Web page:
Updated Oct. 26, 2011, 11:13 p.m.
Police arrested a GW Law School student Saturday in New York during the Occupy Wall Street protests, an ongoing demonstration against what participants call corporate greed and corrupt political influence.
Robert Stephens, one of hundreds of demonstrators at the sit-ins, shouted that he would not “stand by and just watch” before New York Police Department cops arrested him.
Protesters have been marching in the area for about two weeks. Officers arrested about 80 people that day.
“That’s the bank that took my parents’ home, that’s the bank right there,” he said, pointing to a building while sitting on the ground. “I’m not moving. I’m a law student at George Washington University and I’m not moving.”
The Blaze reported that Stephens’ mother said the home is being short-saled due to dips in their income.
Protesters have cited various reasons for camping out at New York’s financial district – mainly discontent with bank bailouts – but some signs target poverty and the death penalty.
D.C. demonstrators will take to K Street in a similar protest Saturday, with more than 300 people saying they are attending the event on its Facebook page. Participants will begin their march at McPherson Square, which protesters say is the “epicenter” of corporate money’s influence on politics.
Stephens said capitalism is “in crisis.”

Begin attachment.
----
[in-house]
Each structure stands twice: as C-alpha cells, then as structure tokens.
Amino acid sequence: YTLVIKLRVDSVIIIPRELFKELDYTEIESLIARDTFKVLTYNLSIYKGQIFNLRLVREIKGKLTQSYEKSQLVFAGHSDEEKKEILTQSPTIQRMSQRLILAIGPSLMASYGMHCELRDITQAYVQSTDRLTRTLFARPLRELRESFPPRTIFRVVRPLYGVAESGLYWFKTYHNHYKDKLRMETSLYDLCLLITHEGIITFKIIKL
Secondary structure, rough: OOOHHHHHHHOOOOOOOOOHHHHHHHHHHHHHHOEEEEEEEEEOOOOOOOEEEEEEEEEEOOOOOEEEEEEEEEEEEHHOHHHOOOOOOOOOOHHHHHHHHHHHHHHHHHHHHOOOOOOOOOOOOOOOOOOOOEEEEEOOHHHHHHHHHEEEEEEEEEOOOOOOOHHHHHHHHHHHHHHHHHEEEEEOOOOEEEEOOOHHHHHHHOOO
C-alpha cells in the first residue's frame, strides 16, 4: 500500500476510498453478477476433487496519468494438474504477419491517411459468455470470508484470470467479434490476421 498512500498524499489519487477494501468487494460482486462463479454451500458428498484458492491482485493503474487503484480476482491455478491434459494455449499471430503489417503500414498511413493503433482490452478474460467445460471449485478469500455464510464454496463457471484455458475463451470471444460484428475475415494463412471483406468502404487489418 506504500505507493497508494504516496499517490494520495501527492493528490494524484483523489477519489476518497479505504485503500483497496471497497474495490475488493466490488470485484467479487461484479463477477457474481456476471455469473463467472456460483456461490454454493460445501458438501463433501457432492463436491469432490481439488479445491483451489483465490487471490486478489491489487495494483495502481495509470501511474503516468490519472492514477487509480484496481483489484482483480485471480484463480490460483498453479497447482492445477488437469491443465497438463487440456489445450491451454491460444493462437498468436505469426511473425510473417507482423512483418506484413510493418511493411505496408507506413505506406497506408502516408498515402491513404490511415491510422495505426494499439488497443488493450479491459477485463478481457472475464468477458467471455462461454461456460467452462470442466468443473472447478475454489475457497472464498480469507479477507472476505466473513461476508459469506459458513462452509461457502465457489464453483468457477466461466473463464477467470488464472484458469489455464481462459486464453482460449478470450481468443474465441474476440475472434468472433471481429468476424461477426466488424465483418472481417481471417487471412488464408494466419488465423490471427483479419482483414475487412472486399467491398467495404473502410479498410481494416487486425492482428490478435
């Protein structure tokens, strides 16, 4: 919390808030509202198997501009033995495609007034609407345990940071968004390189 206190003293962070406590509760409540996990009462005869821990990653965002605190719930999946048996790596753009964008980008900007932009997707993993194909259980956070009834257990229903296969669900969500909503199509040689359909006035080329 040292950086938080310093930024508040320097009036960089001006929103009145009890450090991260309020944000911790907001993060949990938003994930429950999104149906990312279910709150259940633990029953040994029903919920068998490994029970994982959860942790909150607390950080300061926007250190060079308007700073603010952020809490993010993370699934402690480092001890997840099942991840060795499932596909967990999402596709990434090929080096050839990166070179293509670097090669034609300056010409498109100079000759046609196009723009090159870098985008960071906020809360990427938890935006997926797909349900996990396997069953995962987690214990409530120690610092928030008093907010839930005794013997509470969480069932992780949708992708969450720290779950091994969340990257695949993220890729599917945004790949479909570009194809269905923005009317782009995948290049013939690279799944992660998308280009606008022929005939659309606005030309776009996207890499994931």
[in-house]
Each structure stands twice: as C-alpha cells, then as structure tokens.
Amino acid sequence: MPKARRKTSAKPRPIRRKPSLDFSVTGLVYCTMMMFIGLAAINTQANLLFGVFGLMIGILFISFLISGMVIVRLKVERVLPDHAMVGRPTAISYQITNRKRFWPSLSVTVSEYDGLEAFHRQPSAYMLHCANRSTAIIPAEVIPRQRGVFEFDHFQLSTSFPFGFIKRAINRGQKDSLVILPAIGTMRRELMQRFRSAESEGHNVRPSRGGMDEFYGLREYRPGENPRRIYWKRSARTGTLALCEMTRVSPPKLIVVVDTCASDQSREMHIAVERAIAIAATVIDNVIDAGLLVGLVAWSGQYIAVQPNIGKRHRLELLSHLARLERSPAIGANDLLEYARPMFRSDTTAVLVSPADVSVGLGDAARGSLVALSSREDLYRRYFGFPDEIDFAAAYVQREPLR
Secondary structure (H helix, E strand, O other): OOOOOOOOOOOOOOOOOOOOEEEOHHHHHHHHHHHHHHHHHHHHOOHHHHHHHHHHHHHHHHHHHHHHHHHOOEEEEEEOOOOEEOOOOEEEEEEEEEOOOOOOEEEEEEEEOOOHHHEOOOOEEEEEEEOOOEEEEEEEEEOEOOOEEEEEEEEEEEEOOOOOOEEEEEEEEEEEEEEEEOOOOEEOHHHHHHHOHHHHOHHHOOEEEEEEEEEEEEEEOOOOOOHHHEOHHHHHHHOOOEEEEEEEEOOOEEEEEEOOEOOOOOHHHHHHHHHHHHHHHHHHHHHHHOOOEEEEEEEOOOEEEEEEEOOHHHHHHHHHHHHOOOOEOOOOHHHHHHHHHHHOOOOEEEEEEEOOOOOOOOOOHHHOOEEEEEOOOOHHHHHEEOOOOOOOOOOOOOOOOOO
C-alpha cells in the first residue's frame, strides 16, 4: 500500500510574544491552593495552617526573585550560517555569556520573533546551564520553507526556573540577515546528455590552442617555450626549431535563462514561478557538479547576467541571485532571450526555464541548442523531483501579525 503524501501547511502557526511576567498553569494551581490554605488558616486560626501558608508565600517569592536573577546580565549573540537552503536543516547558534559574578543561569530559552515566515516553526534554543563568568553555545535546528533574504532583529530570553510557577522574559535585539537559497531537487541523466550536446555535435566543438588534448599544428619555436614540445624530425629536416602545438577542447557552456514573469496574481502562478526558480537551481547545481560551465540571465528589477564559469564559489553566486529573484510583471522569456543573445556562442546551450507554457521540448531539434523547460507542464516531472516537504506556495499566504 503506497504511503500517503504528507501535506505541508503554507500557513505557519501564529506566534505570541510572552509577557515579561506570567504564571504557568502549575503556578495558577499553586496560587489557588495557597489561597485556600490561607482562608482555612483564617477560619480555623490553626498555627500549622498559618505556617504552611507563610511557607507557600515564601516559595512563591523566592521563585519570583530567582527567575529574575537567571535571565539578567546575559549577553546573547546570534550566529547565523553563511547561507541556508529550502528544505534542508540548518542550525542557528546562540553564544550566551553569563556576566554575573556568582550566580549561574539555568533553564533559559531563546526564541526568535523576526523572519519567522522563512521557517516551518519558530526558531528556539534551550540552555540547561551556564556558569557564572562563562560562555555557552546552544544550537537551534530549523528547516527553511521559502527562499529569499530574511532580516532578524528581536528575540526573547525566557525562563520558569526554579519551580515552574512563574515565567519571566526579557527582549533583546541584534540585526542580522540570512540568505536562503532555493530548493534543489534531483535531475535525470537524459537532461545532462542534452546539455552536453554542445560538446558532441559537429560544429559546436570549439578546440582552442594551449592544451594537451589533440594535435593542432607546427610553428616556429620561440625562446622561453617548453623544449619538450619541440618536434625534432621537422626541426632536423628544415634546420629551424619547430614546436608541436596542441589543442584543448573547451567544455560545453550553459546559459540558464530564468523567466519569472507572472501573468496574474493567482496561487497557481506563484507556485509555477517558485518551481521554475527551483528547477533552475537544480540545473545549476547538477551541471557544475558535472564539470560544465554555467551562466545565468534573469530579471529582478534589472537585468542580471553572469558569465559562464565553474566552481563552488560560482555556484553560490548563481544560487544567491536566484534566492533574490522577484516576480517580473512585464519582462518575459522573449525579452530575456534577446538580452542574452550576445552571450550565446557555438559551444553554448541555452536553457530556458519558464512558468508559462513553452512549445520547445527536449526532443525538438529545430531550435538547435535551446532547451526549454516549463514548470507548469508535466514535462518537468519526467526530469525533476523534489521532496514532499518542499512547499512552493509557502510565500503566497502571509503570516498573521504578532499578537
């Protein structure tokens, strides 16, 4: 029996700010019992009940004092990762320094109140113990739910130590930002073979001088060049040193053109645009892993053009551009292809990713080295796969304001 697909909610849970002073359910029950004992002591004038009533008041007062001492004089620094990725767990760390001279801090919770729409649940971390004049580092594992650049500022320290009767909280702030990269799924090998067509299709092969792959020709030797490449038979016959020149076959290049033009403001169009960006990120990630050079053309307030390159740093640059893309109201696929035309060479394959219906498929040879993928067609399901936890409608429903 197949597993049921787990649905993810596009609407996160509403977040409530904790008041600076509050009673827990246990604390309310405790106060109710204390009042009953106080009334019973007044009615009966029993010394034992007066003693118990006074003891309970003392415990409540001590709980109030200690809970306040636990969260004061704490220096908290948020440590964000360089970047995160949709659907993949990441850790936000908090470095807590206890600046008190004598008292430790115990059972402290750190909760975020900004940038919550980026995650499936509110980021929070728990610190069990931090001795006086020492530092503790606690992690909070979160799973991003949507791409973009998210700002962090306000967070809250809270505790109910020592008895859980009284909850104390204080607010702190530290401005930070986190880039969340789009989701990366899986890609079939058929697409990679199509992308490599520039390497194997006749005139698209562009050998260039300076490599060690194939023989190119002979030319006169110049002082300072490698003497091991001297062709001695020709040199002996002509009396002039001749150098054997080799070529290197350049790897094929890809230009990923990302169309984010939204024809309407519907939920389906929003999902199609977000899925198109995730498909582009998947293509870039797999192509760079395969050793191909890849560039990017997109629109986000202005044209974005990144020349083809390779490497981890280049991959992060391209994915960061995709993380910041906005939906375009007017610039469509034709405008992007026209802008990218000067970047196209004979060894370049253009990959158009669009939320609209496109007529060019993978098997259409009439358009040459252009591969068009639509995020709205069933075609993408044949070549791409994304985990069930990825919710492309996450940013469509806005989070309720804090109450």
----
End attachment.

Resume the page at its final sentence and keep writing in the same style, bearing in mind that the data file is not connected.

“In a system dependent on constant growth, our capitalist structure has allowed the financial industry to privatize gains and socialize losses,” Stephens said.
He said the protests hold personal value for him, because his parents went through the “humiliating and traumatic process” of selling their home through a short-sale. After seeing JPMorgan Chase bank, which forced his parents out of their home, he said, he made comments that led to his arrest.
“In the case of my parents, we don’t know where they will live in 3 months,” Stephens said. “As I walked out there I could only think about the fact that my parents and so many other families worked so hard, and I couldn’t sit by and watch them suffer in silence.”
Stephens said he crossed police barricades during the demonstrations and was willing to spend time at a police station to stand up against what he considers atrocities financial institutions have put in place. To him, Stephens said, the occupations represent a “social transformation.”
This post was updated on Oct. 18, 2011 to reflect the following:
In the second update to this post, The Hatchet reported that The Blaze spoke with Stephens’ mother. The way this paragraph was worded was confusing and has been edited for clarity.